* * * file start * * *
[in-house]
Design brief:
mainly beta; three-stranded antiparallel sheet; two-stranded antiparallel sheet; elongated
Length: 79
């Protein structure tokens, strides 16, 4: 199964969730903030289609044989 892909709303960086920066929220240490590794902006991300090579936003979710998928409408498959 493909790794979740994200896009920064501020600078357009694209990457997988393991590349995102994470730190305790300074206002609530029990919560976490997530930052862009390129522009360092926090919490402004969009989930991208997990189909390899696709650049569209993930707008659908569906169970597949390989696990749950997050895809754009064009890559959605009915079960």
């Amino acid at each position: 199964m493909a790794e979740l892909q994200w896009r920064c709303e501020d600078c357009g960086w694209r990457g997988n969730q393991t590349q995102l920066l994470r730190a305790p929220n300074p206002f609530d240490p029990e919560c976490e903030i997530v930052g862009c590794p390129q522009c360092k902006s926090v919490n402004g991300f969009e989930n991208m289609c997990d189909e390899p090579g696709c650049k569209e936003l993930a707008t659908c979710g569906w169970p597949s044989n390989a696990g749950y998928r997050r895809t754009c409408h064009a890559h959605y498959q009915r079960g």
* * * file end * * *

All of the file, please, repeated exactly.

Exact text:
[in-house]
Design brief:
mainly beta; three-stranded antiparallel sheet; two-stranded antiparallel sheet; elongated
Length: 79
């Protein structure tokens, strides 16, 4: 199964969730903030289609044989 892909709303960086920066929220240490590794902006991300090579936003979710998928409408498959 493909790794979740994200896009920064501020600078357009694209990457997988393991590349995102994470730190305790300074206002609530029990919560976490997530930052862009390129522009360092926090919490402004969009989930991208997990189909390899696709650049569209993930707008659908569906169970597949390989696990749950997050895809754009064009890559959605009915079960």
């Amino acid at each position: 199964m493909a790794e979740l892909q994200w896009r920064c709303e501020d600078c357009g960086w694209r990457g997988n969730q393991t590349q995102l920066l994470r730190a305790p929220n300074p206002f609530d240490p029990e919560c976490e903030i997530v930052g862009c590794p390129q522009c360092k902006s926090v919490n402004g991300f969009e989930n991208m289609c997990d189909e390899p090579g696709c650049k569209e936003l993930a707008t659908c979710g569906w169970p597949s044989n390989a696990g749950y998928r997050r895809t754009c409408h064009a890559h959605y498959q009915r079960g």